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Which Bugs Do You Find?

By Steve Jones,

I was listening to a StackOverflow podcast awhile back and there was a discussion on  programming, debugging, and how software has changed. One of the interesting things was that we have solved many programming issues and are building more complex software, which has resulted in the types of bugs that we often find today are different than the bugs many of us older folks used to deal with in programming.

When I was writing code as a youth, we often had bugs that were process bugs. We were trying to get software to do X, and struggling with actually how to tell the computer that X should occur. I heard a few people on the podcast mention that they typically didn't have those bugs too often, at least not once the software was at a point where they would release it for general use. Instead they talked about finding bugs that were issues because the flow of the software wasn't what the user expected. These bugs were problems in terms of actually determining the way the software should function in order for it to be useful for the user.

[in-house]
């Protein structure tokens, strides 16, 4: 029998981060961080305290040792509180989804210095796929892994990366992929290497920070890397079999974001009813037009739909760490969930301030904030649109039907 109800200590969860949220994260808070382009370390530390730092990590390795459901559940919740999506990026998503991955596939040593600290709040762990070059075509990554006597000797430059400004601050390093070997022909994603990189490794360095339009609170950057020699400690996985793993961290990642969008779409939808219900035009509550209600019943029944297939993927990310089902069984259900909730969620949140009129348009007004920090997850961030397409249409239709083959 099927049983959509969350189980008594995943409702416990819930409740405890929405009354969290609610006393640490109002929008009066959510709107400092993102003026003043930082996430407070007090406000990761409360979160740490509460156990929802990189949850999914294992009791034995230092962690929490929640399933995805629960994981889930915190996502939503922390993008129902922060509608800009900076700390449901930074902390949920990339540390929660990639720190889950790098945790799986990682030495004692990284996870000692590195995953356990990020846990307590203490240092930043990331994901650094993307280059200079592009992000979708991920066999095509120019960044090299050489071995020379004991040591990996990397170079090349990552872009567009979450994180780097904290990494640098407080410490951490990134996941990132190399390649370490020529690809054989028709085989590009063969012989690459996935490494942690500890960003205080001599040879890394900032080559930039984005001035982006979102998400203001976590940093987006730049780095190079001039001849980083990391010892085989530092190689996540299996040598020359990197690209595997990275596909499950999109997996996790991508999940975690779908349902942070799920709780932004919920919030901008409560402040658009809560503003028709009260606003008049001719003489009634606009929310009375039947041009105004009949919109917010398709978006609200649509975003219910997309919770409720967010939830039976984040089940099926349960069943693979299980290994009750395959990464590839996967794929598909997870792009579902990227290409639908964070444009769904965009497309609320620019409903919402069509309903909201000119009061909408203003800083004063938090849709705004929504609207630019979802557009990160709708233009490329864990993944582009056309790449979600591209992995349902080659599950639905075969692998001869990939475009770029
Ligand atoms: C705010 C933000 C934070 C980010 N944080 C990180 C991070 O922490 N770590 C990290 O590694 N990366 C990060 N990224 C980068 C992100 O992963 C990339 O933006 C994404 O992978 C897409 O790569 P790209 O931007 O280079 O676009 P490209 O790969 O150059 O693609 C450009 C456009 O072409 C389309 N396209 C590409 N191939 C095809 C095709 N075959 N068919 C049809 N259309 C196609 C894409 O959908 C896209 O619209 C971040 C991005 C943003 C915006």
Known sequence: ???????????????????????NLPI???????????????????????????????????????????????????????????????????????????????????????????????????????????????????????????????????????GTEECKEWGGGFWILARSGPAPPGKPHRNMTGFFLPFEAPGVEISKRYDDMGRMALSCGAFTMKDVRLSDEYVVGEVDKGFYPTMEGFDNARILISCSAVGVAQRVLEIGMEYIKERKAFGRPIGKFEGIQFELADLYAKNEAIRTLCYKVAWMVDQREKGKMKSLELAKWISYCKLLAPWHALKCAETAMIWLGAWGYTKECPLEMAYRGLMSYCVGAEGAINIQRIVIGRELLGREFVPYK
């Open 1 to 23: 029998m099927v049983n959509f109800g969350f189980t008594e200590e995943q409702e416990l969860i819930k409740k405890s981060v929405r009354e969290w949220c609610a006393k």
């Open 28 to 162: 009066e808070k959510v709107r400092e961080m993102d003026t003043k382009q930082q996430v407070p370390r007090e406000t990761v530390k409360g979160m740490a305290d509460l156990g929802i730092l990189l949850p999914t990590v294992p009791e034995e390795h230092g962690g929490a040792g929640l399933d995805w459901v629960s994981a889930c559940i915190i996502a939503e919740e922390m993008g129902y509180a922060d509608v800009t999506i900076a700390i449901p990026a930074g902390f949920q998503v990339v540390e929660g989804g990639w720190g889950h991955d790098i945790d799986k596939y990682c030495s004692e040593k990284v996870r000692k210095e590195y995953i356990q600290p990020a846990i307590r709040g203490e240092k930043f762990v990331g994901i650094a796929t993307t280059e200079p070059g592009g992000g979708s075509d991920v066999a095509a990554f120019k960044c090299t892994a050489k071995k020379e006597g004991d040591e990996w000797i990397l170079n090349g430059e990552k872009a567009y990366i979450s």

That's an interesting idea. As we've built more frameworks, abstraction layers, and other tools to help us program, you would expect that many simple bugs, things like issues with memory, buffer overflows, etc. would become less prevalent, and more often we'd have these flow bugs that are based on how the software is used. It's a topic that begs this question for a Friday poll:

Do you think your code has more bugs because of problems building the algorithm in code, or because of a lack of understanding in how the user will interact with it?

With more "agile style programming", rapid development and changing of requirements, one would think there are more of the latter bug. However let us know this week what you think. Reflect on the issues that you have had in writing code, reports, user interfaces, even more complex calculations. Are there more problems with actually understanding the design of what you need to build, or the actual implementation once you understand it.

Steve Jones


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